Posts Tagged ‘Australian Motor Sports magazine’

First and final issues, February 1946 and April 1971, with 298 issues between (S Dalton Collection, as are all of the following images)

Recording history, as it happens was a very different process before internet based websites and twitispheres made for real-time instantaneous news access across the globe. February 2021 heralds 75 years since a doyen of Australian motoring journals began its journey. Let’s reflect…

World conflict had not long ceased when those with a motor sporting interest began thinking of ways of getting a little bit of their sport happening again – War related fuel rationing or not. The 500cc movement (and its Iota magazine) in the UK saw young John Cooper and a whole host of hopefuls garnering a passionate interest. The colonials had an interest too, and despite the same sort of restrictive measures in those early post war years, also made things happen.

The monthly, ‘Australian Motor Sports’ began its days from the Melbourne-based home of its founding editor/ publisher, Arthur Wylie, under the auspices of Wylie Publishing Co. He had pre-war Motor Racing/Speedway competition driving already on his resume and shared an engineering talent with his brother, Ken where they built their own racing cars and speedway midgets. But nothing relating to putting a magazine into production. In for a penny, in for a pound after his wartime Royal Australian Air Force service. Leading to setting up a small network of often well connected early correspondents, such as John Barraclough and Bob Pritchett to help fill the pages (and get the gossip) to cover all facets of ‘the sport’ – motorcycles, speedway and cars (and occasionally even boats). The ‘car folk’ very much like the UK relied on Hillclimbs as the main means of getting a fix early post conflict with road racing venues difficult to access. This is where the motorcycling clubs tended to lead the way sourcing new venues that the car folk would later often access and benefit.

Bruce Polain and Arthur Wylie aboard his Wylie Javelin at Amaroo Park in 1976 (B Polain)


Ken and Arthur Wylie at Western Springs Speedway, Auckland, NZ 1938. These cars are 2 of 4 kits imported from the US by George Beavis, make folks? (Just Midgets)


A small selection of 1947 and 1948 issues

The first AMS issue dated February 1946 started the Wylie Publishing formula complete with enough advertising and sold copy to help lead to a second issue…and a third… Usually dated to the 15th of the month in the first few years, with the distinctive blue toned cover to brighten things up in an era of basic printing means. That first issue even ran a very brief piece on the “…overseas magazines have been suggesting 500cc Car Racing, using motor cycle engines…” With, like the movement itself, things expanding over future issues and Cooper getting a run in the May ’47 issue (although in reality basically a re-use of UK’s The Autocar story). It would be 1950 before any Coopers arrived Down Under in the metal and Arthur Wylie was in the right place when that happened.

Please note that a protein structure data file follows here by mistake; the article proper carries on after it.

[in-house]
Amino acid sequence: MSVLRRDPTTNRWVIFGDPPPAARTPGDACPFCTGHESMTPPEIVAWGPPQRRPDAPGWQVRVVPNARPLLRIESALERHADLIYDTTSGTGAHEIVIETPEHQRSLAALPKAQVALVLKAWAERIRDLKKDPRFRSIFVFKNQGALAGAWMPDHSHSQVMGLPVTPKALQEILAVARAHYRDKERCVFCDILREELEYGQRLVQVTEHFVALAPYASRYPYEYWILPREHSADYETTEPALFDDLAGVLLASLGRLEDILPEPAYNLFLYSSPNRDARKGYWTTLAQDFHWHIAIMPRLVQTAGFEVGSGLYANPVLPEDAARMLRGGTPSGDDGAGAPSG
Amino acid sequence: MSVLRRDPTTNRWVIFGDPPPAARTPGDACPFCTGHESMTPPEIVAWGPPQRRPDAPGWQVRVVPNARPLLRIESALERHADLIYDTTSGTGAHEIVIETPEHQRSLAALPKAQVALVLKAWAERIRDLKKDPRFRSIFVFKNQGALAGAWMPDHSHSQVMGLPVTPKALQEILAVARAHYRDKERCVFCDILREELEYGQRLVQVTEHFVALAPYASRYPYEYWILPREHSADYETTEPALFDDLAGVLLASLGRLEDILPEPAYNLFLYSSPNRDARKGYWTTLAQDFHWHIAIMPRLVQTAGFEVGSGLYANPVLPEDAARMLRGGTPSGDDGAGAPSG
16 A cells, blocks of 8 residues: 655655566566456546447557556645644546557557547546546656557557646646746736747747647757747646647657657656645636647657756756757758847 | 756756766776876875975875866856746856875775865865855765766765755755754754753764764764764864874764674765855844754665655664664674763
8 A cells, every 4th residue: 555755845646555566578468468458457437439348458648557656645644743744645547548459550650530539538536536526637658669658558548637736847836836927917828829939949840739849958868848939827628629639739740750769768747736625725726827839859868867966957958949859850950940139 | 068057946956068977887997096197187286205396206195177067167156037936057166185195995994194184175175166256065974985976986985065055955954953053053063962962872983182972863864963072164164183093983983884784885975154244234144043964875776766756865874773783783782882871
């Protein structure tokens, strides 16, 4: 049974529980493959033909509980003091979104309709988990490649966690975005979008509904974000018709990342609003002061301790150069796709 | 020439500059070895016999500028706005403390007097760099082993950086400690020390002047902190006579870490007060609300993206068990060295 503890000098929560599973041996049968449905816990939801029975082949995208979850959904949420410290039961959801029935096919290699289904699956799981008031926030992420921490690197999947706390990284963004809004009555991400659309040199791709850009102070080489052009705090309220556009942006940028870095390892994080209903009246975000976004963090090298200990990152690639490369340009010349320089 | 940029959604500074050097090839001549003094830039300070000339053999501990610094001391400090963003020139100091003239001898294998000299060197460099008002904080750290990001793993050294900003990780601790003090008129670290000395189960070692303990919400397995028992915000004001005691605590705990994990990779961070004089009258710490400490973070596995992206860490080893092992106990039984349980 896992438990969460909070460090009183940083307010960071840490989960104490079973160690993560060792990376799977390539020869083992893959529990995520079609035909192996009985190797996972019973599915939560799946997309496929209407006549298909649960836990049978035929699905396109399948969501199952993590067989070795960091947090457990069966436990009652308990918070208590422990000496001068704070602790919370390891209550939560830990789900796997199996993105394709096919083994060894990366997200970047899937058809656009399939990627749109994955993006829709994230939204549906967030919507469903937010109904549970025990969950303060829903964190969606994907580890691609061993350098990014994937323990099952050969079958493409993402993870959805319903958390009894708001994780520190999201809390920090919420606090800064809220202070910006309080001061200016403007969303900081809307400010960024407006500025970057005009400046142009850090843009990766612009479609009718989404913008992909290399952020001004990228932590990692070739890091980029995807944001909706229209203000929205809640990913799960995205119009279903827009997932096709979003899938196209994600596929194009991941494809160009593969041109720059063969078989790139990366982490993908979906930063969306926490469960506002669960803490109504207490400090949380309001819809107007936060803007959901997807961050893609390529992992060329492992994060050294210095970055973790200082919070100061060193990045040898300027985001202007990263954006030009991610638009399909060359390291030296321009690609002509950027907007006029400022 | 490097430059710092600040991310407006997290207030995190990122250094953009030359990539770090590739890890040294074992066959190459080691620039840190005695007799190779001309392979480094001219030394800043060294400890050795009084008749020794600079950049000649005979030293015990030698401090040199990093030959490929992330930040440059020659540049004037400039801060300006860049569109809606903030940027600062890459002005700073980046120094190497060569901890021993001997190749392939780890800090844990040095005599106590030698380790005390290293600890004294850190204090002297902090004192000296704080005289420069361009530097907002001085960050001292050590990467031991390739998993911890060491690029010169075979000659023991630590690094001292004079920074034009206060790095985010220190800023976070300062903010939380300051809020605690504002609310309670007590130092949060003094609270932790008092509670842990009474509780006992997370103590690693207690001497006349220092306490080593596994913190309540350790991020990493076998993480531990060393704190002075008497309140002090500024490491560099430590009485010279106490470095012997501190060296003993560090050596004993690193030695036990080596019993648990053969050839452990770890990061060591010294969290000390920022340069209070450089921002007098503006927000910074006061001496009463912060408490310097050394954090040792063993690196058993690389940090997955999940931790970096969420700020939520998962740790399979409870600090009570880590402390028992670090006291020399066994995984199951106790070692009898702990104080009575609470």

Talented artists tended to be well used as part of magazine publications everywhere during the times when the ‘dark art’ of photo reproduction was an expensive exercise. AMS was no exception, utilising the talents of Sydney-based artist/ enthusiast, Bob Shepherd. With a steady hand bringing forth his gifted ability to create illustrated columns such as ‘Vintage Competition Cars of Australia’ that began in the August 1946 issue and ‘Interesting Power Units’ beginning 12 months later.

Those with a penchant to capture an moving vehicle at close quarters were also welcome submissions in AMS with George Thomas and Ed Steet and many others from across Australia making contributions. With Ed even having time to put the camera down and compete on occasion.

There was another popular column that began in the August 1946 issue, ‘Australian Specials’ heralding what modern day historians can be forever grateful for in these concoctions being recorded in period. There was a fairly broad scope in what determined an Australian Special, some baring quite exotic basis, other less so. Budget dependent often and the builder’s talent also at play. That August ’46 issue sets things going with ‘The Day Special.’ The underpinnings of Jack Day’s special being Bugatti with a Ford V8 crammed in where Ettore’s straight-8 had once resided.

August 1946 issue and the debut of Bob Shepherd’s Vintage Competition Cars of Australia series, The Day Special


Beginnings of the ‘digest-sized’ era from June to December 1951 issues


February 1950 and Cooper gets featured on Australian soil. Phil Irving is shown on the right, Keith Martin (Cooper importer) on left

Arthur was also able to bring UK ‘Motor Sport’ editor, Bill Boddy onboard with his ‘English Newsletter’ column to keep the colonials familiar with what was happening in that part of the world. And on occasion things were reciprocated, with AMS stuff going into Motor Sport. Of course Bill was probably only trying to supplement the miserly pay handed out by Wesley J Tee, publisher of MS.

As mentioned earlier, Arthur Wylie was in the right position as both publisher and competitor to be the one who debuted Cooper into Australian motor sport at the 29-30 January 1950 Fisherman’s Bend race meeting. By engaging Arthur as driver, the original Australian Cooper importer, Keith Martin – under the guise of ‘Cooper Racing Car Distributors’ was hoping to showcase Cooper JAP exploits and get some publicity in AMS as a means to move the four cars he had just landed on Aussie soil four days earlier. Two were complete, the other two were imported minus body. Resulting in the February 1950 issue having the race report where things didn’t go as well as hoped with not enough preparation time between boat and racing. There was also the separate Cooper 1000 feature.